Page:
1. Thread. crookedtimber.org/2021/05/03/the… We’re running a Crooked Timber seminar on Kim Stanley Robinson’s extraordinary book the Ministry for the Future. This book has already gotten lots of attention (see @ezraklein vox.com/2020/11/30/217… and @BarackObama )
2. So what we want to do is to help the book start doing its practical work in the world. It's a novel that both sets out to make the consequences of climate change as viscerally as possible, and to think through what other economic, technological, political and social changes...
3. might help fight it and perhaps, over the longer term, even start to turn it back. It is in short, a book that is intended to be read as a novel, but also to start arguments and get people moving to start doing things. We've brought together a number of different people.
4. The first piece is by @OlufemiOTaiwo crookedtimber.org/2021/05/03/wha… . He asks why the book depicts catastrophe leading to political transformation in India, but more of the same in the US and developed world - a doubling down on a refreshed version of elite led global capitalism.
5. The participants variously engage with the book, argue with it, talk through its fictional choices and use it to think through which of the changes it talks about might work, which won't, and what could maybe be done instead. When it's finished, we'll publish Stan's reply.
6. We hope that others engage as we have, and start doing things too. One reason why the book has had such an extraordinary reception is that it's a catalyst for these kinds of conversation - people have needed a book like this for a long time. Now let's get working. Finis.

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More from @henryfarrell

12 Mar
1. @ANewman_forward and I have seen our term #WeaponizedInterdependence become a broadly used shorthand for describing the emerging world (article: direct.mit.edu/isec/article/4… , coedited book with @dandrezner amzn.to/2OnGNLO. Two new examples suggest it's going international:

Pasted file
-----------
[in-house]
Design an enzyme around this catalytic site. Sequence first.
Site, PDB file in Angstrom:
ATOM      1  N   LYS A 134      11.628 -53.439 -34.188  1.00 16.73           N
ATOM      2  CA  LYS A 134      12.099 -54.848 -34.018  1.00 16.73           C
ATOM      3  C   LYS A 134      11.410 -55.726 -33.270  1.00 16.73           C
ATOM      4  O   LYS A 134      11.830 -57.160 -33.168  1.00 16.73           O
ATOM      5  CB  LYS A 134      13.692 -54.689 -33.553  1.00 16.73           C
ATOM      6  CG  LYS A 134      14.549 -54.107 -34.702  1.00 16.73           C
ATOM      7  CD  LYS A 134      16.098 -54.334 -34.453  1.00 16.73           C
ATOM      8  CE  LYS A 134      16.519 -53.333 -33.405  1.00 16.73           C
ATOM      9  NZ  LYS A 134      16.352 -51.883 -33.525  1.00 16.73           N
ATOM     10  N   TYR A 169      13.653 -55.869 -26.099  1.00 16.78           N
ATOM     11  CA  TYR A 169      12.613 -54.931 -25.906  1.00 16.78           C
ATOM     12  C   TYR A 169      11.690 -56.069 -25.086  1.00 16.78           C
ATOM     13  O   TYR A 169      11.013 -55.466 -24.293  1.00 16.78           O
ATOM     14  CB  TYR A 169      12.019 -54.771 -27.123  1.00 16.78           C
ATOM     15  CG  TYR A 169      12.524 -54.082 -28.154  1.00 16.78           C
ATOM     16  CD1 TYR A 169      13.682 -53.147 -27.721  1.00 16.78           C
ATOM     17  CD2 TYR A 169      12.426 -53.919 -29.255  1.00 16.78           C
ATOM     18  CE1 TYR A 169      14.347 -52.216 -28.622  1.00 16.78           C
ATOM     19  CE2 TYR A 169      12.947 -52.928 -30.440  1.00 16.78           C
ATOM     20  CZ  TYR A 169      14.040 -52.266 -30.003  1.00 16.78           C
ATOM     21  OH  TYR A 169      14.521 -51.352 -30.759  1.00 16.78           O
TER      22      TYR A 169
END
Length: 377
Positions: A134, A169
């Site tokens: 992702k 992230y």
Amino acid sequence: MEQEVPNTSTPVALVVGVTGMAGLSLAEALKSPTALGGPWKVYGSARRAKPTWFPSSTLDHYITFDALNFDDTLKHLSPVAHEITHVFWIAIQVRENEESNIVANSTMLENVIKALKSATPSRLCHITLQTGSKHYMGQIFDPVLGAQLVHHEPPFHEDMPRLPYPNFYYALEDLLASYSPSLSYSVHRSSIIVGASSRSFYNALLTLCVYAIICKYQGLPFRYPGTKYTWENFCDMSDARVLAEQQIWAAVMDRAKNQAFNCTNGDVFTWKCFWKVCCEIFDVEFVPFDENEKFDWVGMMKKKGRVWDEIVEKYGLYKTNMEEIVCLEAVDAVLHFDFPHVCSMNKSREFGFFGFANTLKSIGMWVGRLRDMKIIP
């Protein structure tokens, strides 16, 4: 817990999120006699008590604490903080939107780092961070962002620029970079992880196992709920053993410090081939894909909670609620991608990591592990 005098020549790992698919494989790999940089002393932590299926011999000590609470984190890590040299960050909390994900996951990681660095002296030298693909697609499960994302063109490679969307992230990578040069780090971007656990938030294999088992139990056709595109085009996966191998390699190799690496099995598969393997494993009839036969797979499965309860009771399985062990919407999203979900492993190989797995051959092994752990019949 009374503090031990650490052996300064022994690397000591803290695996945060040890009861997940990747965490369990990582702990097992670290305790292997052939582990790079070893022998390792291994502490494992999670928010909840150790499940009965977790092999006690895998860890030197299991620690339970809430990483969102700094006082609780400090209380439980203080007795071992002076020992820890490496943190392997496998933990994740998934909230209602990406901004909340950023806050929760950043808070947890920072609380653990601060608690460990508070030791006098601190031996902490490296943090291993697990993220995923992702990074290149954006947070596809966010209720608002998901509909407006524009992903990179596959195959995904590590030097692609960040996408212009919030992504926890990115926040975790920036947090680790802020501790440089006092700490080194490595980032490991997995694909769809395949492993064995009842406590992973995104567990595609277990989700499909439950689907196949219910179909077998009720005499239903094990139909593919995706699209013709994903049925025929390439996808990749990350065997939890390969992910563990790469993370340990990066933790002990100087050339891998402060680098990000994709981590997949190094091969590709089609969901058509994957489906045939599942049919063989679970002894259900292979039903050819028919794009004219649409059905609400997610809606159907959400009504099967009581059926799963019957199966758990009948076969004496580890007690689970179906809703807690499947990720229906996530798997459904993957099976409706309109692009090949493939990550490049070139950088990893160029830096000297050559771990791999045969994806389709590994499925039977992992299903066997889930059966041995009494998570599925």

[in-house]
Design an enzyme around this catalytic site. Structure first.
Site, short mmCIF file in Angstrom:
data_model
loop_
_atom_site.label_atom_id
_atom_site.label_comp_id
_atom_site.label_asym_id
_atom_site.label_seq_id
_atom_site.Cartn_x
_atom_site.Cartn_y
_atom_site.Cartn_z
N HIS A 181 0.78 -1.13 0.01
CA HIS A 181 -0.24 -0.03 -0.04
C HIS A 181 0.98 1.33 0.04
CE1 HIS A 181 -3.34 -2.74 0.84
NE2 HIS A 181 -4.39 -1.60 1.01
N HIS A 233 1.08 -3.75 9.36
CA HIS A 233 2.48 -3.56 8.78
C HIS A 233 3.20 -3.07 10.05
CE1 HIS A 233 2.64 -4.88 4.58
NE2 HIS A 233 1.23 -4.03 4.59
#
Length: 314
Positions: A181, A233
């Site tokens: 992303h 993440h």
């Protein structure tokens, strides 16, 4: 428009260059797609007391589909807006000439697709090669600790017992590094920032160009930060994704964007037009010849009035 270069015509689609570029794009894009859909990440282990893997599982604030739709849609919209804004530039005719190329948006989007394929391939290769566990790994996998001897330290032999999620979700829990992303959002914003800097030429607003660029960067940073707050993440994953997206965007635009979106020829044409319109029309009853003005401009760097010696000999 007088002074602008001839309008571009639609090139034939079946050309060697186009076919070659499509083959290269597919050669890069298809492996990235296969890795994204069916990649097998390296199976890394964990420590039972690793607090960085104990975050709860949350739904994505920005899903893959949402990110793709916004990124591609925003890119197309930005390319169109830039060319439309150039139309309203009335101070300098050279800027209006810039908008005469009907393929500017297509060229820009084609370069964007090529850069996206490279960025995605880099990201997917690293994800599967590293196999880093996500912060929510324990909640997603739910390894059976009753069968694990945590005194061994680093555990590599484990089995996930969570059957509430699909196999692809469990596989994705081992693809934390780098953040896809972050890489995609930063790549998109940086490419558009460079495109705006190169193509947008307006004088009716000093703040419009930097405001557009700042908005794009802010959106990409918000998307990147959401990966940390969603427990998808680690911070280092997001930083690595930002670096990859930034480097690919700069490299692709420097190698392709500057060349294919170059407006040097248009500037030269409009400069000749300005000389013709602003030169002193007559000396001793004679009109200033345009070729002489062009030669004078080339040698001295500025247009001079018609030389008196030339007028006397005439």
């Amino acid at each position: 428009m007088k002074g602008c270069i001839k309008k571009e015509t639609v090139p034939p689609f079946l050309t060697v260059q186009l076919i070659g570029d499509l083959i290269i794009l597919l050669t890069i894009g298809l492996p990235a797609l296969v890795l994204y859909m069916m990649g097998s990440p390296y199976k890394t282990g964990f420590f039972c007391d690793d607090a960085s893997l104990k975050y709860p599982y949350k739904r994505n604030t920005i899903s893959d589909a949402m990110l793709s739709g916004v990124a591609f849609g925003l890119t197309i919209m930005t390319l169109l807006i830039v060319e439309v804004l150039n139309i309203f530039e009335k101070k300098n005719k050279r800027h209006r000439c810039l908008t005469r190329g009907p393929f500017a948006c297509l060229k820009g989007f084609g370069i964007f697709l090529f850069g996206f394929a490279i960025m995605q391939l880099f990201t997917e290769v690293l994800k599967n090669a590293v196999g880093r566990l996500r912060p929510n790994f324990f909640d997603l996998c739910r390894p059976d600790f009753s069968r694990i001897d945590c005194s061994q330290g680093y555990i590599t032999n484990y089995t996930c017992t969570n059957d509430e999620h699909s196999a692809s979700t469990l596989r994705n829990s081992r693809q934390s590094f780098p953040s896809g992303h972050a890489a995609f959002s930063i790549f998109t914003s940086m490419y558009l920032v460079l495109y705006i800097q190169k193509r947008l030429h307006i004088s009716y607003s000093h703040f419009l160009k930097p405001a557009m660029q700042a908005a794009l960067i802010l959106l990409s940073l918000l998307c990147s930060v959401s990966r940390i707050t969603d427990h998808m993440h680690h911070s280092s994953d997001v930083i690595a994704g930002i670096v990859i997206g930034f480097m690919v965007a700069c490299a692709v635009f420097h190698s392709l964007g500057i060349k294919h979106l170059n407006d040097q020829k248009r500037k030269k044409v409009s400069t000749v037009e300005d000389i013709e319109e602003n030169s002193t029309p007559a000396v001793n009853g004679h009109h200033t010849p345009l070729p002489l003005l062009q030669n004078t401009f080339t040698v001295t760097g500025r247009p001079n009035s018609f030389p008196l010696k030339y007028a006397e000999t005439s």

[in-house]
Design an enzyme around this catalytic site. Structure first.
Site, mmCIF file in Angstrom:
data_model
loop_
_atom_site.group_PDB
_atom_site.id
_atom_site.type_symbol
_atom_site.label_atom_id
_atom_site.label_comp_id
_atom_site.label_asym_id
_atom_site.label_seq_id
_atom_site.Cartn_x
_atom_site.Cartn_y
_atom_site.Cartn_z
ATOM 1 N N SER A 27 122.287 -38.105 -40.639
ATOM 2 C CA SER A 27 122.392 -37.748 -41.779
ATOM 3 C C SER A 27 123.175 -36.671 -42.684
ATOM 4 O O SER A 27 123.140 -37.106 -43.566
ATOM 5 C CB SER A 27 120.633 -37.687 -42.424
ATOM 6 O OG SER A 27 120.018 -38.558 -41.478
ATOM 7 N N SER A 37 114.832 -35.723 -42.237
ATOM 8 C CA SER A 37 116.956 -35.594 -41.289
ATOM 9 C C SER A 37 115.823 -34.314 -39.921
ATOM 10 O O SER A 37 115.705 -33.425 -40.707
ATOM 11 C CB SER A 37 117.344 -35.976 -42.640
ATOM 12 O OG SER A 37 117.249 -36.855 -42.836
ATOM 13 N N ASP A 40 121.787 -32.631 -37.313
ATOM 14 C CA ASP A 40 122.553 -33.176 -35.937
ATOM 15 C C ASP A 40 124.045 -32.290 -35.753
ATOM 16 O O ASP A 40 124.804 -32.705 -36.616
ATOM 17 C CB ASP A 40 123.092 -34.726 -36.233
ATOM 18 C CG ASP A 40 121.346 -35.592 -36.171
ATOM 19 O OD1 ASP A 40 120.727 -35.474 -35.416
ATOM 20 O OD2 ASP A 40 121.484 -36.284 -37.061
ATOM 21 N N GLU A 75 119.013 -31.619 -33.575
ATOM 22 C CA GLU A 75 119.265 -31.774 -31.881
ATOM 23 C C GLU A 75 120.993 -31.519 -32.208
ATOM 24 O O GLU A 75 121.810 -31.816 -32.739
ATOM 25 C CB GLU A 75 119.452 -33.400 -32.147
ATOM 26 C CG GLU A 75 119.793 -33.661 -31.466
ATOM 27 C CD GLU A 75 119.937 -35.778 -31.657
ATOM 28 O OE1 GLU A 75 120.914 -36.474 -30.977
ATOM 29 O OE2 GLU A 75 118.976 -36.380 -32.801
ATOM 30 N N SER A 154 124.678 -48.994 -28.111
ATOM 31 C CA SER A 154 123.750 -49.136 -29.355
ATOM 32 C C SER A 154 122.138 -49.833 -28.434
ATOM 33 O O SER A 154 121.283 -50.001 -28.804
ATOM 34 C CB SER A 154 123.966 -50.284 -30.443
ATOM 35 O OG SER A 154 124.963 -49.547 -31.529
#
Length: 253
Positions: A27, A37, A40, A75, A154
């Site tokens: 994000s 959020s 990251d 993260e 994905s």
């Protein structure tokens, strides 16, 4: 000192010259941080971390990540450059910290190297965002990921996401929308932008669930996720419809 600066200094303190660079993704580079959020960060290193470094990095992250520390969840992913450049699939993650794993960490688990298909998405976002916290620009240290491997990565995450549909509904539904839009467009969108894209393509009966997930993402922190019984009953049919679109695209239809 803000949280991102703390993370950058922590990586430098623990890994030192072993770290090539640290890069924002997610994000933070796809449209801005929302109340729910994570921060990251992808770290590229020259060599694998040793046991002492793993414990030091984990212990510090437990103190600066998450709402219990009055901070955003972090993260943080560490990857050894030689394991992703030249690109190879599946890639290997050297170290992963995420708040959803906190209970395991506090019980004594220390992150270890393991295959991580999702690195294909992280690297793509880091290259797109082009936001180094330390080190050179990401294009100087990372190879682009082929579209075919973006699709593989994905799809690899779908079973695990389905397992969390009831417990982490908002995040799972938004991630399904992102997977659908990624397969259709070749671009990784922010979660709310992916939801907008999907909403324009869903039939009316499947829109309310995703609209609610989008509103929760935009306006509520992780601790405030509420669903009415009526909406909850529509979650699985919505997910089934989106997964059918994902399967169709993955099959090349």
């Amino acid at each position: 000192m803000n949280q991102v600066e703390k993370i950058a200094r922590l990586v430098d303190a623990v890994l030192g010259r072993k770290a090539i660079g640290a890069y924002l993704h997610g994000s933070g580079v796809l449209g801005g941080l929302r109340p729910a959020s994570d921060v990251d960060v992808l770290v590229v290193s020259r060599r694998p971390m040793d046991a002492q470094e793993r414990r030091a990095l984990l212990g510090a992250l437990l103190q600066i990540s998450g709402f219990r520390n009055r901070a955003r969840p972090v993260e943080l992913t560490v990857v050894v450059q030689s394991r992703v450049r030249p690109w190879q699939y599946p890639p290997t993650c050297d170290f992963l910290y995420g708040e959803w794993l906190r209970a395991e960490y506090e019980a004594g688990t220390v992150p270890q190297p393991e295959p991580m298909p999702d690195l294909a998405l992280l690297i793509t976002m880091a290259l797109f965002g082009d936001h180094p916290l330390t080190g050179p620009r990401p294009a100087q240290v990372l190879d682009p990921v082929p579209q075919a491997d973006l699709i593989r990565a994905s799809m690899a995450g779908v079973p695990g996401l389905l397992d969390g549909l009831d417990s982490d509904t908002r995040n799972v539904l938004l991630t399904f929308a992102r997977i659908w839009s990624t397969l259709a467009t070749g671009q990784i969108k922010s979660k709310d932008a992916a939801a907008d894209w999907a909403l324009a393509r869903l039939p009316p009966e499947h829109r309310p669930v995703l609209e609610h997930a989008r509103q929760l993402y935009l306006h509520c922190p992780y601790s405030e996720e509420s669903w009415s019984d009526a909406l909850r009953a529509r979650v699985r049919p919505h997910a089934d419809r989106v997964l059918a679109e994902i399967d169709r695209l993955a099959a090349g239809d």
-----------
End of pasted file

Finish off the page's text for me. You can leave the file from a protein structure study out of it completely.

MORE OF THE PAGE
2. One is @StevenErlanger new NYT piece nytimes.com/2021/03/12/wor… , talking about how the US has "weaponized" the dollar, and Europe wants to respond. In @GuntramWolff words, "To be credible you need reciprocity, and retaliation is the only way to do it." But as Guntram elaborates,
3. the problem is that ""the politics are more difficult,’’ ... given the asymmetrical power of the U.S. Treasury and the global role of the dollar. “The reality is that there is no united European power able to project power on that scale.’’"
Read 20 tweets
2 Mar
1. amzn.to/2MILMpM Today's the launch date for The Uses And Abuses of Weaponized Interdependence, which @dandrezner @ANewman_forward and I have co-edited. This is, for better or worse, a timely book - the issues that we all talk about are core problems in global politics
2. bloomberg.com/news/articles/… Take this @business piece by @NickWadhams that came out yesterday - it describes how the US-China rivalry is focused on fights over technology more than traditional military confrontation.
3. Wadham's piece is based on conversations with U.S. sources, who emphasize China's threat. The people he talked to describe "a sense that China has essentially forced the U.S. to start breaking off elements of business and technology relations in a pattern known as decoupling."